By Richard Bogoroch
September 23, 2005
V. Expert Evidence: When Admissible22
Four criteria known as the “Mohan test”23 must be satisfied in order for expert opinion evidence to be admissible.
A. Necessity in assisting the trier of fact.
C. A properly qualified expert.
D. The absence of any exclusionary rule that would prohibit the admission of the opinion.
Of relevance to our discussion is the third criteria: a properly qualified expert.
Expertise is determined during the qualification phase of the examination-in-chief of the expert, and is “a modest status that is achieved when the expert possesses special knowledge and experience going beyond that of the trier of fact.”24 Although the expert may have scant experience in a particular area, this limitation will effect the weight of the evidence but not its admissibility. In this regard, R. v. Marquard25is highly important. In Marquard, doctors who had no expertise in burns were allowed to give evidence that a child’s injury was caused by a contact rather than a flame burn.26 Moreover, the “expertise” rule was not offended by allowing a plastic surgeon who was not an expert in child abuse cases to testify that the passivity of children to treatment is a characteristic common to abused children.27 Marquard altered the landscape for the reception of opinion evidence of experts who testify as to matters beyond their expertise. As Mr. Justice Griffith’s has noted.28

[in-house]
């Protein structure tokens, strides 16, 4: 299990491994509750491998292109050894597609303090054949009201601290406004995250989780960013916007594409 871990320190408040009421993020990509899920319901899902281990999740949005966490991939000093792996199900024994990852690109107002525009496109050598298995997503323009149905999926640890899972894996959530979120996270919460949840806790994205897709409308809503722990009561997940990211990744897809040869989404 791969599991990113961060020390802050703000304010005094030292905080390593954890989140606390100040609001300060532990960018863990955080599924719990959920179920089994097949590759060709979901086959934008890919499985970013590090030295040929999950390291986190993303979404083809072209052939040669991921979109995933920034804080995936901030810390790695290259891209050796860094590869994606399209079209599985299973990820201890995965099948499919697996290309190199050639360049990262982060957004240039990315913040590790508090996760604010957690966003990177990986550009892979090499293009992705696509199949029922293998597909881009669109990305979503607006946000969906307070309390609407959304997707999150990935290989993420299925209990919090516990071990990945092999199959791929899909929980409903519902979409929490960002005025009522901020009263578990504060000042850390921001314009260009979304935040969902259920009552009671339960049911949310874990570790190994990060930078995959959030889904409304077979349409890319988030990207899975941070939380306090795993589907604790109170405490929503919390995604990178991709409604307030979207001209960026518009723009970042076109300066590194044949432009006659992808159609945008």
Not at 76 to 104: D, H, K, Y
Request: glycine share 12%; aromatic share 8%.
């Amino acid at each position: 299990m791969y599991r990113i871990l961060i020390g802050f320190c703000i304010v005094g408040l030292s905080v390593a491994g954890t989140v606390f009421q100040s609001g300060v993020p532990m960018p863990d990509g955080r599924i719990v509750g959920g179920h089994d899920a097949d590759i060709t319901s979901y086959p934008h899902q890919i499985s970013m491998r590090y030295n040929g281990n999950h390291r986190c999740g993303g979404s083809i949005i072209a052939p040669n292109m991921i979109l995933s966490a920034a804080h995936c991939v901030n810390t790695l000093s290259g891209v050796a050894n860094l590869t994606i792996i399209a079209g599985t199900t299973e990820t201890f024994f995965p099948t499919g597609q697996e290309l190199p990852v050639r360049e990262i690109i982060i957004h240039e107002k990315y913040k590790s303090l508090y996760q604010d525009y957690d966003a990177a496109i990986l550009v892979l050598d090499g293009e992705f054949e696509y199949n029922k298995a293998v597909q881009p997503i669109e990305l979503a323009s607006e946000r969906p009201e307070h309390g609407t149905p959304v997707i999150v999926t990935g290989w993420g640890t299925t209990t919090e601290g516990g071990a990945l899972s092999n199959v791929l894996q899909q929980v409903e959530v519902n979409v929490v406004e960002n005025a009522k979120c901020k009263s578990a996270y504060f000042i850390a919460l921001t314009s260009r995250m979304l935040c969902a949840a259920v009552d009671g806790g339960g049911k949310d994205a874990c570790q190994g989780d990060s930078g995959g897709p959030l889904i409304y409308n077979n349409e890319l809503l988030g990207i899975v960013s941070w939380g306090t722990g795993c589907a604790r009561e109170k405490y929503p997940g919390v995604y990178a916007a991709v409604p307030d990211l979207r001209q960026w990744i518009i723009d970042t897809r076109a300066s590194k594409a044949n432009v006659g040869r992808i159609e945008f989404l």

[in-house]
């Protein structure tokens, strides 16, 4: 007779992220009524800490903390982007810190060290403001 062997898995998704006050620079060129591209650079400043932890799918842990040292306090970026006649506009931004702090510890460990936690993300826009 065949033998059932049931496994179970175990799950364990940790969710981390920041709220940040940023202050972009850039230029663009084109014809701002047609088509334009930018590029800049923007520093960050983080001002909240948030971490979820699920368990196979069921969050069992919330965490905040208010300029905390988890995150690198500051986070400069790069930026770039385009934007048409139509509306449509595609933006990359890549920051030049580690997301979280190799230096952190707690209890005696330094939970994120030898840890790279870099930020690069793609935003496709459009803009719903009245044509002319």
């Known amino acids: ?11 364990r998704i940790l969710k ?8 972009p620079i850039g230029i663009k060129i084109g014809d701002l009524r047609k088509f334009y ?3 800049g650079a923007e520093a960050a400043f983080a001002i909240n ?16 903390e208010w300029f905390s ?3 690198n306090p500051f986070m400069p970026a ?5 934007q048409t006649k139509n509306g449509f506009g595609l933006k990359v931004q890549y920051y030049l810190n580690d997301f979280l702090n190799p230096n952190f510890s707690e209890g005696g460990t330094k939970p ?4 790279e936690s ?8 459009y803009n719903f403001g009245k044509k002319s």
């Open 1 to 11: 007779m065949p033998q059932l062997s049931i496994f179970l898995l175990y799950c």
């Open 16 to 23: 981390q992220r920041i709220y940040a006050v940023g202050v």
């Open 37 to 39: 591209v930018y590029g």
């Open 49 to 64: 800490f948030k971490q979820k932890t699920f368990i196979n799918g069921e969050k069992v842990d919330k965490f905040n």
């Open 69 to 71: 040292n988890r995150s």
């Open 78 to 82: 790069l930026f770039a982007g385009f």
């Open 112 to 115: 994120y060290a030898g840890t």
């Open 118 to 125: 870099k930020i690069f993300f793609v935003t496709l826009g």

“The test of expertness is the skill in the field in which the expert opinion is sought. The court will not be overly concerned with whether the skill of the witness has been derived from specific studies or by practical training. That is, it does not matter whether the expertise has been acquired through training in the field, studies or by practical observation.”
22David Paciocco and Lee Stuesser, The Law of Evidence, 3 ed., Irwin Law, 2002, at pg. 161
23(1994) 2 S.C.R. 9, Paciocco and Stuesser, at p. 170
24Ibid, pg. 170
25(1993) 4 S.C.R. 223
26Paciocco and Stuesser, at p. 170
27Ibid, pg. 170
28Quoted in the Litigator’s Guide to Expert Witnesses by Mark J. Freiman and Mark L. Berenblut, (1997) Canada Law Book, at pg. 32
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